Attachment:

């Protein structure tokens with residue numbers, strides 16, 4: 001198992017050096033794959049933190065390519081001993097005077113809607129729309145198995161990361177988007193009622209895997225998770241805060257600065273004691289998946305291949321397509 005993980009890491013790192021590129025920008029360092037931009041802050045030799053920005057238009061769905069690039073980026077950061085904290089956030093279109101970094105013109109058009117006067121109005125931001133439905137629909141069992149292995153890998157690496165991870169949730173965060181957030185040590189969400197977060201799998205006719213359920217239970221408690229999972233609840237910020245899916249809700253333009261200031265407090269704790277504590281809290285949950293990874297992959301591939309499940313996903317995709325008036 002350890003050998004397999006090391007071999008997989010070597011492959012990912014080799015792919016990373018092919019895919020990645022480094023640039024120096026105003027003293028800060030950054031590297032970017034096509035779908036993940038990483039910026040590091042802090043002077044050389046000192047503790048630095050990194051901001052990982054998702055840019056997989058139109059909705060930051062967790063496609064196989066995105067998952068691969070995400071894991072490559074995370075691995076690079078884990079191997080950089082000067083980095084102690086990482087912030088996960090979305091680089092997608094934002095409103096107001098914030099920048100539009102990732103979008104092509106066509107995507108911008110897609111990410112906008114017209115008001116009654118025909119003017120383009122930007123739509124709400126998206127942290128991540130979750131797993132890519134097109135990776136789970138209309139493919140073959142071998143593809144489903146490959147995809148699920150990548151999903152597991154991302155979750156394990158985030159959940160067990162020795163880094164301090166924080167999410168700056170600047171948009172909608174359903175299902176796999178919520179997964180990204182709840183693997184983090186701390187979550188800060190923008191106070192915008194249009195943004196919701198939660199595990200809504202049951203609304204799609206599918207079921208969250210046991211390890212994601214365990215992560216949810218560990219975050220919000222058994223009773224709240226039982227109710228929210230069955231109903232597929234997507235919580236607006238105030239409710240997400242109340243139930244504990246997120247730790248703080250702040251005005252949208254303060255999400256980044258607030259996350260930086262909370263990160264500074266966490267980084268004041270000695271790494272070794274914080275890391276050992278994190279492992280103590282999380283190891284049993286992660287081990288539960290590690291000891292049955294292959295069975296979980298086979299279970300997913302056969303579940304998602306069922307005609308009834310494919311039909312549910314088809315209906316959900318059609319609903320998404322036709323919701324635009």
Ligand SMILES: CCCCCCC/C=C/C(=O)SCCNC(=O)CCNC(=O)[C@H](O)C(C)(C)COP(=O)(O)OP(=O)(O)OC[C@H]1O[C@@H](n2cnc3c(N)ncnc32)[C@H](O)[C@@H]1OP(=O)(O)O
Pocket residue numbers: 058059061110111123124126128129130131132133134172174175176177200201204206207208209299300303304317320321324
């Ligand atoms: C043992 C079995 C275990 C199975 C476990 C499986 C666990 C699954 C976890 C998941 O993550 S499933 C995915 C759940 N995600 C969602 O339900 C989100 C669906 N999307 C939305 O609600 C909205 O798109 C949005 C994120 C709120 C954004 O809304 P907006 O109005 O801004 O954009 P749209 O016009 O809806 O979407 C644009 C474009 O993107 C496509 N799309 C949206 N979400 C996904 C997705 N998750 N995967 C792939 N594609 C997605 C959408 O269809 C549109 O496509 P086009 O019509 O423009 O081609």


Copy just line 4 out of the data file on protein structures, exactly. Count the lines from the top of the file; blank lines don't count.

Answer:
């Ligand atoms: C043992 C079995 C275990 C199975 C476990 C499986 C666990 C699954 C976890 C998941 O993550 S499933 C995915 C759940 N995600 C969602 O339900 C989100 C669906 N999307 C939305 O609600 C909205 O798109 C949005 C994120 C709120 C954004 O809304 P907006 O109005 O801004 O954009 P749209 O016009 O809806 O979407 C644009 C474009 O993107 C496509 N799309 C949206 N979400 C996904 C997705 N998750 N995967 C792939 N594609 C997605 C959408 O269809 C549109 O496509 P086009 O019509 O423009 O081609």